One day after my birthday, Daegan and I head out into the world. I’ve downloaded my proof of vaccination and put it in my phone. Daegan’s been out more so he’s all ready with his.
We head north, a little bit west of today’s library to the area around Sheppard and Yonge street, a major intersection for both cars and subways. I’m actually a bit familiar with this area because while much of my bicycle commute to work looks like this:
I do have to cross a few major streets, and Yonge just south of sheppard is one of them. The further outside the city you get, the more auto-centric the design becomes as you can see:
And it is in this spot that we stop for my birthday lunch.
After reading an article about Woodhouse BBQ, I’m intrigued. While on level it is familiar – you order BBQ and and grilled meat comes to your table. On the other hand, it’s Chinese style BBQ with different seasoning, often a bit spicy and no BBQ sauce to speak of. The menu also includes things like pork intestines, dim sum, and red bean pancakes, things an American-style BBQ restaurant wouldn’t have. But in a nod to those places, the music is all Country including Kenny Chesney and Carrie Underwood.
The flavours are excellent including grilled lamb skewers, one of our favourite things.
Though it was all advertised as spicy it was not that hot – just delightfully tingly. Even the spicy popcorn chicken with all of the chillies on it was relatively tame. But the chillies, dusted with BBQ spice were crispy and addictive and we both ate many.
In the end, as usual, the lamb skewers won out. Everything was delicious but those were at the top. We ended up ordering two rounds of food and even a couple of cokes. As I sat there I laughed to myself. Many years ago, on my 18th birthday my friends took me from our university in Vermont across the border to Montreal where the drinking age was 18, not 21. We had a bit of a wild night, lots of drinking, carousing, night clubs and lots of the sorts of nonsense boys that age can get up to. But here, many years later, having maybe a few too many skewers, and some sugary drinks with my son, I feel happier than I did at that over the top celebration. Life is an interesting journey.
We head back out and take the subway one stop to Bayview station and get out in an even more auto-centric place. So much space is devoted to them, storing them, moving them, and designing the streetscape in such a way to keep them moving as fast as possible.
Looking at the shopping centre in which the library sits we were both a bit unsure: Was this a 1960’s style or a 1990’s style?
Wikipedia to the rescue: It was built as an open air shopping centre in the 1960’s and was redeveloped in the late 90’s, gentrifying quite a bit as you can see.
Other stores include a Pusateri’s grocery store – one of the most upscale supermarkets in the city. It’s all very pretty and I’m embarrassed to say part of me feels attracted to the appearance of the area – the nice apartments, the fancy mall. But in the end, once you get outside the mall itself, the neighbourhood feels lifeless. While most people walk from place to place in our neighbourhood, even though we walk over a kilometre along the streets here, we hardly see any other people. The streets are packed with luxury cars, though.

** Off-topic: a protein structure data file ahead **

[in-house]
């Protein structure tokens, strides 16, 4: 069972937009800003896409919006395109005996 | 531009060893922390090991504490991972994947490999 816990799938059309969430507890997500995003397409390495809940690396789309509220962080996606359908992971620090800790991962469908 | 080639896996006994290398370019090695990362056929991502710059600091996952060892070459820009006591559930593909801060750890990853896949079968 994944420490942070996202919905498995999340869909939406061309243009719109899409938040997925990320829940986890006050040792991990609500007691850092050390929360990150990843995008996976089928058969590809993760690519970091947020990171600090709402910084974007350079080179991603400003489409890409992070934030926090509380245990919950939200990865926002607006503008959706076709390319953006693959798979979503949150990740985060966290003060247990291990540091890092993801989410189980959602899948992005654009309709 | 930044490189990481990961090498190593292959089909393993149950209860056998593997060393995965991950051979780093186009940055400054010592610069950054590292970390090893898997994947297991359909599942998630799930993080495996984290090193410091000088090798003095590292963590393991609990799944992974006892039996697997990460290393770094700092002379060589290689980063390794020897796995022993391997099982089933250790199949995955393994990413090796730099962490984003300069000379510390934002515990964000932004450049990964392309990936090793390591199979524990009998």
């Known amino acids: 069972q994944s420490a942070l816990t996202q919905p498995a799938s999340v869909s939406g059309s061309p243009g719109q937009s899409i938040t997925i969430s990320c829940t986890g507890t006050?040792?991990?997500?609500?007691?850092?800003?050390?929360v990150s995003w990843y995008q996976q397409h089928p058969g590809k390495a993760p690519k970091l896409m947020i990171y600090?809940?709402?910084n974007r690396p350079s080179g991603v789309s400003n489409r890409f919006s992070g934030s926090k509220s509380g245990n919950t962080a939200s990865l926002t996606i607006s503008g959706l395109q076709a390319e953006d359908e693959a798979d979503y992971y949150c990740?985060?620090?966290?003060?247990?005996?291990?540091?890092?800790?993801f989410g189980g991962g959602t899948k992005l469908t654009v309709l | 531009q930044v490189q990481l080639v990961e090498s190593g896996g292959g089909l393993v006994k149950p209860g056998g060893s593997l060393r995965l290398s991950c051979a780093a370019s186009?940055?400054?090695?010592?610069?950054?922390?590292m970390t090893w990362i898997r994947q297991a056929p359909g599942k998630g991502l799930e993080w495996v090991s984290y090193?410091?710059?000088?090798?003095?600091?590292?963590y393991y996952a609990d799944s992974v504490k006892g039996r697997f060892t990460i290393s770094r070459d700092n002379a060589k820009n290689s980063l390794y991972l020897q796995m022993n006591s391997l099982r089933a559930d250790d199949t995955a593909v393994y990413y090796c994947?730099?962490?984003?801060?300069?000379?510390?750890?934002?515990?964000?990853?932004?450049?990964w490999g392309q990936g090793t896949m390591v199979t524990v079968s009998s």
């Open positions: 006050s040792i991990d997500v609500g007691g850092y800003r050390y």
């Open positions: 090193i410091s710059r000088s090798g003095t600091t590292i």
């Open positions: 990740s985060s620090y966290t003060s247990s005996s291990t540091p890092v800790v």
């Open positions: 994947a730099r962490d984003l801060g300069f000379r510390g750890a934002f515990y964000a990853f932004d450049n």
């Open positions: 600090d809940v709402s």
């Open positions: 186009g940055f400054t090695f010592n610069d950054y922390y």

You can find the library next door to Pusateri’s with a relatively uninviting facade.
Because of the library’s policy on photography I no longer take photos of the interior spaces but fortunately others have already done so including this one from 2018.
It’s strange to see people without masks and the counters lack the now ubiquitous plexiglas shielding. On the day we go there are probably half to one third as many people inside. This is good as now with the pandemic restrictions still in place, even browsing in the library has a little different feel.
As I went just now to renew some overdue books of mine online, I noticed one other positive aspect of what life is like during the pandemic from the library perspective:
The library itself is pretty small compared to many. At least I thought it was small until I thought about how big this would be as a store were it a retail space. It’d be on par with a Gap clothing store. That’s some expensive space. Still, from a browsing standpoint things were relatively limited from a browsing standpoint.
One interesting note on that subject is related to the layout. For me, most libraries (with a few notable exceptions) feel like they’re mostly devoted to the adult collection. There are sometimes entire floors of materials for grownups. The North York Central library has six stories, and about 1/3 of one story is for kids. This library, however, feels like it is almost equal. Where the Goldhawk branch felt like it tossed a children’s section in as an afterthought, this library feels very balanced. I’m curious as to how that choice is made. There did seem to be many people with kids here, were they here because there was a relatively large children’s section or was the children’s section larger because this is a very family-oriented neighbourhood.
In the end, even if certain fancy aspects of the neighbourhood attracted me, the library itself is a bit of a deal breaker: nearly impossible to cycle to, a big parking lot to wade across to walk to, and once there, not a whole lot of browsing. You may laugh, but library quality is a big part of the decision-making process when we look for apartments. For me, when I dream of fancy apartments, it’s not neighbourhoods like this that attract me, it’s the idea of a place next to the North York Central library: The idea of being able to take the elevator down from our apartment and make it to a huge library (or grocery store, or subway) without even wearing a coat is a dream I have. Of course I’ll never chase this one, we love our current apartment and our local library branch too much to even consider it.